Southern Kaduna has not fared badly under democracy. There are new roads while some old ones are better. There are bridges over some rivers, notably Bondong and Kiffin, where people had lost hope. Such bridges have opened new vistas for many.
Democracy also brought chiefdoms in baskets, introduced judicial reforms, established a state university and catapulted our people into offices hitherto considered impossible like the governor! The gains are much, really, but the basic problem of injustice is still there. A mass of the people are poverty-stricken. Education has been our main industry as it opens windows of opportunities, but our eminently qualified children are still denied university admission to read key courses like medicine, law, engineering, ICT, mass communication, et al.
And, for those in service, discrimination is still their lot, a classical case being the refusal to appoint Prof Andrew Nok as Vice Chancellor of ABU, Zaria, even when he floored every co-competitor after a very strenuous test. Dr Yusuf Bungon suffered same fate in Kaduna Polytechnic some years ago.
In the hinterlands, the inhabitants are still helpless, hapless and hopeless, while the future for many youths is just bleak, blank and black as they are hardly guaranteed equal opportunities to compete for either uniformed or civilian jobs.
To worsen matters, funny politicians still push local agenda to deceive gullible ones. Thanks to such jingoists, the headquarters for the proposed Gurara state has traveled from Kafanchan, to Zonkwa, and now Kachia, depending on the team handling the project at a time.
To tackle collective concerns, we must seek out visionary leaders, who will put the people above individual considerations. Leaders, who understand our peculiar history and values and are prepared to promote, defend and protect them.
Democracy does offer a good chance to do that. So, we must see it, and by extension, the Patrick Yakowa governorship, as a means to an end, and certainly not an end in itself.
But to really explore the opportunity democracy offers, we must reject the situation where we have become a rubber stamp for just anyone thrown up by PDP primaries where “delegates” are openly bargained for, and bought. Politics, like the Americans would say, is too serious to be left in the hands of politicians alone.
We must also avoid any attachment to hollow ethnic turfs. I recall a top Jaba politician telling some delegates in 2007 that Sen Isaiah Balat, a candidate for the governorship, had bleak chances from northern delegates because he was Kataf. My shamefaced friend only got wiser when his kinsman, Nok, was denied the ABU top job. Again, we must keep people in elected and appointed offices on their feet. They must show a sense of responsibility and be ready to shore up our fortunes. They must not be neutral on matters bordering on our collective values.
Importantly, we must reject elected people, who remain incommunicado, only to surface at election time with peanuts and petty things like wrappers, salt and soap, to get votes. We certainly can’t seek to grow and remain that cheap. But it is also very crucial that we offer some solidarity to the governor, who is one of us. Without being sheepish, we must support him, offer advice and criticise constructively.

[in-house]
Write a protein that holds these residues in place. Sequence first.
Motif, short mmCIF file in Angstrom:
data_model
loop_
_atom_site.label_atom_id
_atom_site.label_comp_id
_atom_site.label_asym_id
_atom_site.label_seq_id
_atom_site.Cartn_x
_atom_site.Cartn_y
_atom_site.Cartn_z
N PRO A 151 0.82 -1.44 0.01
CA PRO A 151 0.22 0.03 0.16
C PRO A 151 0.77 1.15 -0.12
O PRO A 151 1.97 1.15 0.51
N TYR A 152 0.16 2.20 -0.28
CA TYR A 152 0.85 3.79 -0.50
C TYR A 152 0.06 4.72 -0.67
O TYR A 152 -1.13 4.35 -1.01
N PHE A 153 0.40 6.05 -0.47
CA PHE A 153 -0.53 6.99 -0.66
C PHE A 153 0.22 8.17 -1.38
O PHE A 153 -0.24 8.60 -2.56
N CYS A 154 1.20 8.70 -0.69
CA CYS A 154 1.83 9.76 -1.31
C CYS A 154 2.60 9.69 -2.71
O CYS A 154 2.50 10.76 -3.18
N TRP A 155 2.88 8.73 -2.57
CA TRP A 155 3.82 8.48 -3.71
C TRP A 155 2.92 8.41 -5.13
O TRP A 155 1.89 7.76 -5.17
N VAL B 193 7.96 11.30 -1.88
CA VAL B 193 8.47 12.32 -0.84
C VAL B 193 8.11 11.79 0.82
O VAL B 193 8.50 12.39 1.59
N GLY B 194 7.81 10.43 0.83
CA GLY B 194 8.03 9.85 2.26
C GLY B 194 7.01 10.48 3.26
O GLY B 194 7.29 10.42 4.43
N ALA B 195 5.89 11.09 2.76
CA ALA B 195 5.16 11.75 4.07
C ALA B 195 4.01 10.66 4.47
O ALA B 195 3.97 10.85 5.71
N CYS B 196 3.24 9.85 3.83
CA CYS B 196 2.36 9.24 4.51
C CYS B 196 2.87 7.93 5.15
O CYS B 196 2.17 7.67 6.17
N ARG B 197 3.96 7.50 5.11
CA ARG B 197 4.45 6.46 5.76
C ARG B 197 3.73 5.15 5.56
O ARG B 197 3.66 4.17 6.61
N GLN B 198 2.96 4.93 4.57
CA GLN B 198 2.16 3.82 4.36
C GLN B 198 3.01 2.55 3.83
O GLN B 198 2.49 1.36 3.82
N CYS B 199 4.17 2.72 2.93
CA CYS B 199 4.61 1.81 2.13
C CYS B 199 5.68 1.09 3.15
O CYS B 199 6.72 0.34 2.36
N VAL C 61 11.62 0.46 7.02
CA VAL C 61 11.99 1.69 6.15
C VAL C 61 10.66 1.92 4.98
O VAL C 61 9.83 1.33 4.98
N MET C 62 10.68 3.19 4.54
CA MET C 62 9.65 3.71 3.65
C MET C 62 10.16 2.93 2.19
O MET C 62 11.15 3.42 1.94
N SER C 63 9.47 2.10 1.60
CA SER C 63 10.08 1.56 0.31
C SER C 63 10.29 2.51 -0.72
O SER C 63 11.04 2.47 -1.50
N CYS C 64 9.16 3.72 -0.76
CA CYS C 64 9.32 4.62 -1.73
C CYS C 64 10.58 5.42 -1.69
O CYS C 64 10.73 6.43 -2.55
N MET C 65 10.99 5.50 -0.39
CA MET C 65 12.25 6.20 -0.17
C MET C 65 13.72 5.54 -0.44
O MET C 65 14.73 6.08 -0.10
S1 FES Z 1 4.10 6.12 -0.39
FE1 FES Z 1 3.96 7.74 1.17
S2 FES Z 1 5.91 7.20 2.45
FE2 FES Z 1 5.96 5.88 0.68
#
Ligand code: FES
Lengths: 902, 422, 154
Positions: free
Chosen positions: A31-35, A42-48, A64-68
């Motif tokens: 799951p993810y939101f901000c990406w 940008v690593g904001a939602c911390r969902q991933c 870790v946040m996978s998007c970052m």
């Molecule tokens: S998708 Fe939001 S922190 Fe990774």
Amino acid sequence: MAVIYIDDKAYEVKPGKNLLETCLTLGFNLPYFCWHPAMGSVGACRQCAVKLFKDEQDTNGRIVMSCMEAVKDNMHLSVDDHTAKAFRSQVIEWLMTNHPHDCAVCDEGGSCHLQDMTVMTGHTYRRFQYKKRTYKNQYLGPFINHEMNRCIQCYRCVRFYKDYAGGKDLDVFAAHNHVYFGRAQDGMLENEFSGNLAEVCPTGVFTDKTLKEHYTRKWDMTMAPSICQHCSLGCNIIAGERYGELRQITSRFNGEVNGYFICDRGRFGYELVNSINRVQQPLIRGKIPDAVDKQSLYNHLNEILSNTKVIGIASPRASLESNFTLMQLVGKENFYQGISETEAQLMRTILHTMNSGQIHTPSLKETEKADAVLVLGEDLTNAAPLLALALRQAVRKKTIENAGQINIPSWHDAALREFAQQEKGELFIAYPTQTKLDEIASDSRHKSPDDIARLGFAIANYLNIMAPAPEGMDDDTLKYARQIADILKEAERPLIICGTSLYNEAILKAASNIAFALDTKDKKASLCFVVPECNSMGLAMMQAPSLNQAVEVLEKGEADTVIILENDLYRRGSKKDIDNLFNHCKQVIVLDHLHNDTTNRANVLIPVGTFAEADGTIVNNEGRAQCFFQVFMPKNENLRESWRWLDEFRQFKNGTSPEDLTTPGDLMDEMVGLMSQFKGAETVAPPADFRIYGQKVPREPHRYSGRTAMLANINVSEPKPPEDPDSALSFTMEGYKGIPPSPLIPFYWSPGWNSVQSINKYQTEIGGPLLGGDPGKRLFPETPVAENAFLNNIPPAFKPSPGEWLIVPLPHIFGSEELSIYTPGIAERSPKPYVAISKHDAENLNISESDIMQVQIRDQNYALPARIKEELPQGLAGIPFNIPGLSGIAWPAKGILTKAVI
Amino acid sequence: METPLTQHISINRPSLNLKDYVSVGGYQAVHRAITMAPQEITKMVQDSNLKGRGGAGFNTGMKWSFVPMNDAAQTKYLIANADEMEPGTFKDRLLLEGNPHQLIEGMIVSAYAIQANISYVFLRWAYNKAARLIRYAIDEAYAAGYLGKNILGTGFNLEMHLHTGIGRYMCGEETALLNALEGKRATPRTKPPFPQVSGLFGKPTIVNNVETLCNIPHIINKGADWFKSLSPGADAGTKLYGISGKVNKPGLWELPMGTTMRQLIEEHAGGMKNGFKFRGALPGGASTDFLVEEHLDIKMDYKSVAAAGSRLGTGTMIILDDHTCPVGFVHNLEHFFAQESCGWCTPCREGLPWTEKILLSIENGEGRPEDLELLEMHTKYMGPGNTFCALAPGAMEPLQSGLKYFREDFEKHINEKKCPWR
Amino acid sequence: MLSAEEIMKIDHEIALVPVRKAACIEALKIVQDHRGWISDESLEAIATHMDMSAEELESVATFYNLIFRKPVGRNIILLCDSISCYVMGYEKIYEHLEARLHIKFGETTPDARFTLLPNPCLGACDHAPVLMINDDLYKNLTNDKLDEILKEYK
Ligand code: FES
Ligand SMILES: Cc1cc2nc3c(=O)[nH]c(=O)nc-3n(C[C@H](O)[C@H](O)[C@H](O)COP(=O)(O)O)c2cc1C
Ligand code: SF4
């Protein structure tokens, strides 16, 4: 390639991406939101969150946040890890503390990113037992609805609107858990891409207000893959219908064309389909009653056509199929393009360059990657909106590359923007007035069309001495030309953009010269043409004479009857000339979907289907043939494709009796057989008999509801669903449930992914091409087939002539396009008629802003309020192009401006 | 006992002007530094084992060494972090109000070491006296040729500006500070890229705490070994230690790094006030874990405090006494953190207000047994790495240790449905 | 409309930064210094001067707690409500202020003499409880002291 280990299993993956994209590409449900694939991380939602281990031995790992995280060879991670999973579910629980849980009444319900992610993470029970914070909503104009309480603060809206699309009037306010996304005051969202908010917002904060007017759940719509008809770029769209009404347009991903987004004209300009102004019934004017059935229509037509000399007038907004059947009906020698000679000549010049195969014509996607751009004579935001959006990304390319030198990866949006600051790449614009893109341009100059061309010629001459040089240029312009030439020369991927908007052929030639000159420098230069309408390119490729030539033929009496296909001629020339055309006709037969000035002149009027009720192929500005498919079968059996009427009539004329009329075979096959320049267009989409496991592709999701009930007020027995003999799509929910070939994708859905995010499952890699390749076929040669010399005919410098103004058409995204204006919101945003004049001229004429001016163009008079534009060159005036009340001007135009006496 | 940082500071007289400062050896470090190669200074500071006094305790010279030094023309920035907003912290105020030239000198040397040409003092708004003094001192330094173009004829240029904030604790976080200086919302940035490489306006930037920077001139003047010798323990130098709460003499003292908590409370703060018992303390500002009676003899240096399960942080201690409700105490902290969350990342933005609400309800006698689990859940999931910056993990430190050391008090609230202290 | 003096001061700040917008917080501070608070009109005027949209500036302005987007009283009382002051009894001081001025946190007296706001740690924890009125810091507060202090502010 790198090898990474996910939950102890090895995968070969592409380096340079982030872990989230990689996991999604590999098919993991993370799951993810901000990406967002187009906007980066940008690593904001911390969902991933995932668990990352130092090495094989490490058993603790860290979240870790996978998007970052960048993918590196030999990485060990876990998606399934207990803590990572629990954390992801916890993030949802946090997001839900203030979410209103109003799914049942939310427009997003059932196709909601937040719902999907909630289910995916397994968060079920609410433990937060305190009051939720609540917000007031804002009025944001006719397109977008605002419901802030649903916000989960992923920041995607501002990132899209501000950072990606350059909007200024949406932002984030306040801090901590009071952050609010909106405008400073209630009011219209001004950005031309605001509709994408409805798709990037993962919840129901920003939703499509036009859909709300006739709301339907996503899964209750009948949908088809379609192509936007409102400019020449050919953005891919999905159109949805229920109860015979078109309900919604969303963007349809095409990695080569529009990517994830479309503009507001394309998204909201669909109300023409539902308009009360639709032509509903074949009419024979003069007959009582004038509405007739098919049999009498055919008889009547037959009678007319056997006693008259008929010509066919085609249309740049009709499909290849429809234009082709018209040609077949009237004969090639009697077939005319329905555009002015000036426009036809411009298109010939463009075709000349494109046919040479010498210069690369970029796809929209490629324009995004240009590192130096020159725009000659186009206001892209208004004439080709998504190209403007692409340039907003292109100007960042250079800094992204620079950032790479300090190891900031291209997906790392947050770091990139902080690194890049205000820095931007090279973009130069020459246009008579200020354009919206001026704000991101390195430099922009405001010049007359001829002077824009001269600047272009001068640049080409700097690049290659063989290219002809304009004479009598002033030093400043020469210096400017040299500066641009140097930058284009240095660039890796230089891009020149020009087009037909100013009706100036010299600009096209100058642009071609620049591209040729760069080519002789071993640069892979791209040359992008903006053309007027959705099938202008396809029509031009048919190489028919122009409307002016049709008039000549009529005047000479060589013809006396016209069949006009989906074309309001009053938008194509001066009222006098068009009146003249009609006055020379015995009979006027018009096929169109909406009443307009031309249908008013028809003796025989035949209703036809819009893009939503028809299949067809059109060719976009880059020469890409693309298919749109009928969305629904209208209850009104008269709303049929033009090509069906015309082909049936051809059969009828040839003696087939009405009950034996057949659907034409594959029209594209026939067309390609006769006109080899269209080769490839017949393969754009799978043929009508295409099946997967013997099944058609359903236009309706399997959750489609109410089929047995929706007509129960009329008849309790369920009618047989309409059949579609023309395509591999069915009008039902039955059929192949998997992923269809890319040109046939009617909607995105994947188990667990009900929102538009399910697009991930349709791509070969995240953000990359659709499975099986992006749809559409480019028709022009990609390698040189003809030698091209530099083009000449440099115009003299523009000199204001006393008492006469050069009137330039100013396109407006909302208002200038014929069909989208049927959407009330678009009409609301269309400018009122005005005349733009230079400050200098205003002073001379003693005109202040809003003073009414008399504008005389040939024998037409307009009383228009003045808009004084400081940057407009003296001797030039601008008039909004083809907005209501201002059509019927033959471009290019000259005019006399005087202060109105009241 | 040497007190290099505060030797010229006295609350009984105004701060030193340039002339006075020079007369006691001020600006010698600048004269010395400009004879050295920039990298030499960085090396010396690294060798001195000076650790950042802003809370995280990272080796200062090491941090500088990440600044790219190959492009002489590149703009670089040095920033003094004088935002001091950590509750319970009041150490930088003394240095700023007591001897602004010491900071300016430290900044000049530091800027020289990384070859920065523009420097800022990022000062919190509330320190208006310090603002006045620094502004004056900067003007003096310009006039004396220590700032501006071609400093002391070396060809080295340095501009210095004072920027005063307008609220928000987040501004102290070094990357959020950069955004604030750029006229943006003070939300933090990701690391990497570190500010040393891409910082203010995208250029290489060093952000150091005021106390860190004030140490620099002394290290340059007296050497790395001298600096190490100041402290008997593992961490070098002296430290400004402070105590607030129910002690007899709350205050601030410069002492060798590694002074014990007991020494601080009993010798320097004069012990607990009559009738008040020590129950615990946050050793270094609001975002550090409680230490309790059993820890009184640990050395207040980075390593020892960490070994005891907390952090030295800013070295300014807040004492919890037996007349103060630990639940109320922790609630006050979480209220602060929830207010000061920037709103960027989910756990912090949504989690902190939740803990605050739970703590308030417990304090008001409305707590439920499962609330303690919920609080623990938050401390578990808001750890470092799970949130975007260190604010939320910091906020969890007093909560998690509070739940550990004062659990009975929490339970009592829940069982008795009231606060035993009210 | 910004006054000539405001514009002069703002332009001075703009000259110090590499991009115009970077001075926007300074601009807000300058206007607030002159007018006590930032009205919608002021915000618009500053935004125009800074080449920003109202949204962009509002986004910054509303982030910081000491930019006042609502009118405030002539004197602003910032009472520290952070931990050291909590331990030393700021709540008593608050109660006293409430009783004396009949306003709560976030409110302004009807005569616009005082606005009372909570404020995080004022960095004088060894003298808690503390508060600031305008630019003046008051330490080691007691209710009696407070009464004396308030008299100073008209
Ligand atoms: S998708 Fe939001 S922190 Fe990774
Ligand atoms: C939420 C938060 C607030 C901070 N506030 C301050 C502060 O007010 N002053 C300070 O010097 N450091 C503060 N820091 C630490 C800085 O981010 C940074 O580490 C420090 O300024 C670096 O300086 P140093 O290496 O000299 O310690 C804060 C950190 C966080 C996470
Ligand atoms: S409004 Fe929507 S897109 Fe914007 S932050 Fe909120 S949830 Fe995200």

The governor has been under severe attacks for working on the Kafanchan campus of the state varsity. This is strange, coming from the host of ABU, FCE, State Poly, School of Agric, NITT, Aviation College, Leather Research Institute, College of Health Technology, Special Hospital, etc.
We should insist, for instance, that our National Assembly members must seek the recruitment and admission patterns in federal and state organisations and ensure that we get our quota.
At a more individual level, the professionals and the well-to-do must offer to help the less privileged. We must give a little back to the society. Retired AVM Ishaya Shekari, for instance, is building a university at Zango-Kataf. We must support and encourage him to complete it.
Chief Danjuma Laah has invested immensely in Kafanchan, ditto Gen. Nom, who has opened a ginger process factory. Adamu Marshal’s local tabloid, “Kabido’’, has also proved very crucial in information dissemination. Dr Thot used to offer free medical services to the poor. We need more of such foresights. For a people heavily marginalized over the years, expectations are understandably very high, which may explain the pressure on Yakowa, but things won’t improve if we remain in any cocoon of pity, or become over expectant of the state government.
Indeed, democracy may not automatically offer solutions to our concerns, but it does give us the impetus to insist that we must be treated as equal stakeholders with one’s ascendancy to the ultimate not based on, or limited by one’s tribe, religion or any other consideration.
By Ephraims Tokan. Tokan wrote in from Kaduna
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